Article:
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Date of Award

Summer 2008

Document Type

Thesis - Open Access

Degree Name

Master of Science in Aerospace Engineering

Department

Aerospace Engineering

Committee Chair

Dr. Darris White

Committee Member

Dr. Reda Mankbadi

Committee Member

Dr. Charles Reinholtz

Committee Member

Dr. James Cunningham

Abstract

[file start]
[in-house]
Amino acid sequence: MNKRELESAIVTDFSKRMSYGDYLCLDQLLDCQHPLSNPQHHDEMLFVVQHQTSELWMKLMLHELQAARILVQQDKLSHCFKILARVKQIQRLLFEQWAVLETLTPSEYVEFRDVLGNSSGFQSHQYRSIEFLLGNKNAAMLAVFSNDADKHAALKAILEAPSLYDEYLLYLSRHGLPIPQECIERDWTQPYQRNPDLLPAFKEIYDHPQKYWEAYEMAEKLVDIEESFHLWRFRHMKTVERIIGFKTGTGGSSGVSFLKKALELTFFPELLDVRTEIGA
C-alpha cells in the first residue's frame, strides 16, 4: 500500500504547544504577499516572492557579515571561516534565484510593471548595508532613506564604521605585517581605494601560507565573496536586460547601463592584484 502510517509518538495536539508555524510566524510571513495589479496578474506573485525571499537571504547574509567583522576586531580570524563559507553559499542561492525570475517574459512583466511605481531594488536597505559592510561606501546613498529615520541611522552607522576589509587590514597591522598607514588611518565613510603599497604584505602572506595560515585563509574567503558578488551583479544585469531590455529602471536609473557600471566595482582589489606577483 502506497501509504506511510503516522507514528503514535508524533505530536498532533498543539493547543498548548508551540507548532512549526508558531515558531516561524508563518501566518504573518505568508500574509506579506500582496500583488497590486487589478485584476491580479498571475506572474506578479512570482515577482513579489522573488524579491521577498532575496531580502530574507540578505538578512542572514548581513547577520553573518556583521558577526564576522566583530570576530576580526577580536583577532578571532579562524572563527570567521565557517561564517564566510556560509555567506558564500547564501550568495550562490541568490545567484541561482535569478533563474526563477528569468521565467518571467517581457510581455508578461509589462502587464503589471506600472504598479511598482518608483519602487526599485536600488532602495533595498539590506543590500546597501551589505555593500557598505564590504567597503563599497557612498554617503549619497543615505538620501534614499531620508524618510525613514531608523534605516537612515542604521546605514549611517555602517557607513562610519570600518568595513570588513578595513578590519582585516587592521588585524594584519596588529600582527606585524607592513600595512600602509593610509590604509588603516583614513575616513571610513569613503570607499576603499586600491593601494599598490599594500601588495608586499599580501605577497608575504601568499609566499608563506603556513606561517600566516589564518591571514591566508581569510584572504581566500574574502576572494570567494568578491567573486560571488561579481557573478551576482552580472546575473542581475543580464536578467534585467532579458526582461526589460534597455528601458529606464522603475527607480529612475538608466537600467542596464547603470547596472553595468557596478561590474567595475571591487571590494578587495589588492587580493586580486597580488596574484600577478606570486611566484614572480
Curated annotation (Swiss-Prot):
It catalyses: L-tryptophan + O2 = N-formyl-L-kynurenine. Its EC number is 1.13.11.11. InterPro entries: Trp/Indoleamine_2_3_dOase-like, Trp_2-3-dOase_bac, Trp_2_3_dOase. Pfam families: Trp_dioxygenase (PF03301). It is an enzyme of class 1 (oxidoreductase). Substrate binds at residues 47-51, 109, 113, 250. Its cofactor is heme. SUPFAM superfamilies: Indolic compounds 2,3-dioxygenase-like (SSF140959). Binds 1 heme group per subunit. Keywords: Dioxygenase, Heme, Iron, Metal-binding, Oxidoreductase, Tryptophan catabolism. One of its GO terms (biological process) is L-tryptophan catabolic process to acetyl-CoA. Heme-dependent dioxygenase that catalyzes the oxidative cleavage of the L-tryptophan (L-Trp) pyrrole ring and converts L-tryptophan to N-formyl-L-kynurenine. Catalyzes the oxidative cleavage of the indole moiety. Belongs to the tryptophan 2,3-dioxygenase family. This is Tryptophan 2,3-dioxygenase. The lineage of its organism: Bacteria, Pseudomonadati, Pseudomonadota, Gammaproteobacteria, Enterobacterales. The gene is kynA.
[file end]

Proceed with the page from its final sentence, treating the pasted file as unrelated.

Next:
There have been several recent studies on the potential benefits of controllable dampers. Controllable dampers can use a fluid with controllable properties, such as Magneto - Rheological fluid (MR fluid), or control the damping force by changing orifice size. For this project, controllable dampers were created using MR fluid. When exposed to a magnetic fluid, the viscosity of MR fluid can change significantly. By replacing the standard damper oil in an aircraft landing gear and exposing the system to an appropriate magnetic field, the damping coefficients of the system can be changed almost instantaneously to accommodate nearly any situation. This trait allows a real time controller to monitor the system and adjust damping characteristics to match current conditions. Using the 'no-jerk' Skyhook control strategy, the control system attempts to minimize the acceleration, force and displacement transmitted to the fuselage from the ground. This reduction in applied load can translate into reduced aircraft weight, and longer fatigue life for some components. Unlike previous studies, the controllable damper configuration for this project used an externally mounted electromagnet located between the damper and remote reservoir, as opposed to an electromagnet located internal to the damper body. This design allows landing gear to use semi-active MR dampers with few modifications to existing designs. A set of dampers were tested in the standard and controllable configurations on a shock dynamometer. A SimMechanics model, which was calibrated using the dynamometer data and from limited 2-DOF experimental test data, was used to predict the improvement in transmissibility resulting from these modifications. The results indicate that controllable dampers using a ‘no jerk' skyhook control policy can reduce transmissibility of ground input to the fuselage.

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